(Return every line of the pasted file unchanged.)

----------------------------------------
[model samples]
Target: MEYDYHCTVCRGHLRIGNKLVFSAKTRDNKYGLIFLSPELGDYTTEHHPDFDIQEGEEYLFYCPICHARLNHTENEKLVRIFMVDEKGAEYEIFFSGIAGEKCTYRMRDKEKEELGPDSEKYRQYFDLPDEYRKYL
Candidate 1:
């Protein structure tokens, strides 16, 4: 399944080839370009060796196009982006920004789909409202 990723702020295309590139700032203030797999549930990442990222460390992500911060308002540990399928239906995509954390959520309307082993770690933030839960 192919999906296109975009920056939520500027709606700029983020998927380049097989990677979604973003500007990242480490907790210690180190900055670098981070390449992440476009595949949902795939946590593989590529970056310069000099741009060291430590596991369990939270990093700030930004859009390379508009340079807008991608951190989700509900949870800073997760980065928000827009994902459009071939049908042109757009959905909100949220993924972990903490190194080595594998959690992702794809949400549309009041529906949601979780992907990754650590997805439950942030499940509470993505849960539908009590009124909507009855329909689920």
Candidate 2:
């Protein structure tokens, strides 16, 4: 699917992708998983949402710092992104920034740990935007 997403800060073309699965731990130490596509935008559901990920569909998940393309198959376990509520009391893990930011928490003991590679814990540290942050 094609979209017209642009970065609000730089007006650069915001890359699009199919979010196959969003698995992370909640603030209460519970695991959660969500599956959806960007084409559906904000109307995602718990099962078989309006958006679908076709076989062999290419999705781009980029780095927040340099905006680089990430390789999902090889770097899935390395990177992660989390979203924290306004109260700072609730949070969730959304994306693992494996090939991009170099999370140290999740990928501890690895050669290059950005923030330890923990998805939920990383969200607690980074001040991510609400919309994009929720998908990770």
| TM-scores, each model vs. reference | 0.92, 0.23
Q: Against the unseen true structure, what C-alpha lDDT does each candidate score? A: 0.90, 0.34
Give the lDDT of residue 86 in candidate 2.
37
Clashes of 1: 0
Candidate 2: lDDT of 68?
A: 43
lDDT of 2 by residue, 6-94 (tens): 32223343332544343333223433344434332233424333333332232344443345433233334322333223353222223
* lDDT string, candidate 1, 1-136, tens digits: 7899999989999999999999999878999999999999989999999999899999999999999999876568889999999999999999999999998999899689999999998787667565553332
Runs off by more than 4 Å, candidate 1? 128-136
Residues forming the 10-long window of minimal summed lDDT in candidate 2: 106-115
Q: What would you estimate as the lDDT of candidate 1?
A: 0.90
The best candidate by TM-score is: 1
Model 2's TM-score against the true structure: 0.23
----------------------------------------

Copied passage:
[model samples]
Target: MEYDYHCTVCRGHLRIGNKLVFSAKTRDNKYGLIFLSPELGDYTTEHHPDFDIQEGEEYLFYCPICHARLNHTENEKLVRIFMVDEKGAEYEIFFSGIAGEKCTYRMRDKEKEELGPDSEKYRQYFDLPDEYRKYL
Candidate 1:
């Protein structure tokens, strides 16, 4: 399944080839370009060796196009982006920004789909409202 990723702020295309590139700032203030797999549930990442990222460390992500911060308002540990399928239906995509954390959520309307082993770690933030839960 192919999906296109975009920056939520500027709606700029983020998927380049097989990677979604973003500007990242480490907790210690180190900055670098981070390449992440476009595949949902795939946590593989590529970056310069000099741009060291430590596991369990939270990093700030930004859009390379508009340079807008991608951190989700509900949870800073997760980065928000827009994902459009071939049908042109757009959905909100949220993924972990903490190194080595594998959690992702794809949400549309009041529906949601979780992907990754650590997805439950942030499940509470993505849960539908009590009124909507009855329909689920």
Candidate 2:
């Protein structure tokens, strides 16, 4: 699917992708998983949402710092992104920034740990935007 997403800060073309699965731990130490596509935008559901990920569909998940393309198959376990509520009391893990930011928490003991590679814990540290942050 094609979209017209642009970065609000730089007006650069915001890359699009199919979010196959969003698995992370909640603030209460519970695991959660969500599956959806960007084409559906904000109307995602718990099962078989309006958006679908076709076989062999290419999705781009980029780095927040340099905006680089990430390789999902090889770097899935390395990177992660989390979203924290306004109260700072609730949070969730959304994306693992494996090939991009170099999370140290999740990928501890690895050669290059950005923030330890923990998805939920990383969200607690980074001040991510609400919309994009929720998908990770």
| TM-scores, each model vs. reference | 0.92, 0.23
Q: Against the unseen true structure, what C-alpha lDDT does each candidate score? A: 0.90, 0.34
Give the lDDT of residue 86 in candidate 2.
37
Clashes of 1: 0
Candidate 2: lDDT of 68?
A: 43
lDDT of 2 by residue, 6-94 (tens): 32223343332544343333223433344434332233424333333332232344443345433233334322333223353222223
* lDDT string, candidate 1, 1-136, tens digits: 7899999989999999999999999878999999999999989999999999899999999999999999876568889999999999999999999999998999899689999999998787667565553332
Runs off by more than 4 Å, candidate 1? 128-136
Residues forming the 10-long window of minimal summed lDDT in candidate 2: 106-115
Q: What would you estimate as the lDDT of candidate 1?
A: 0.90
The best candidate by TM-score is: 1
Model 2's TM-score against the true structure: 0.23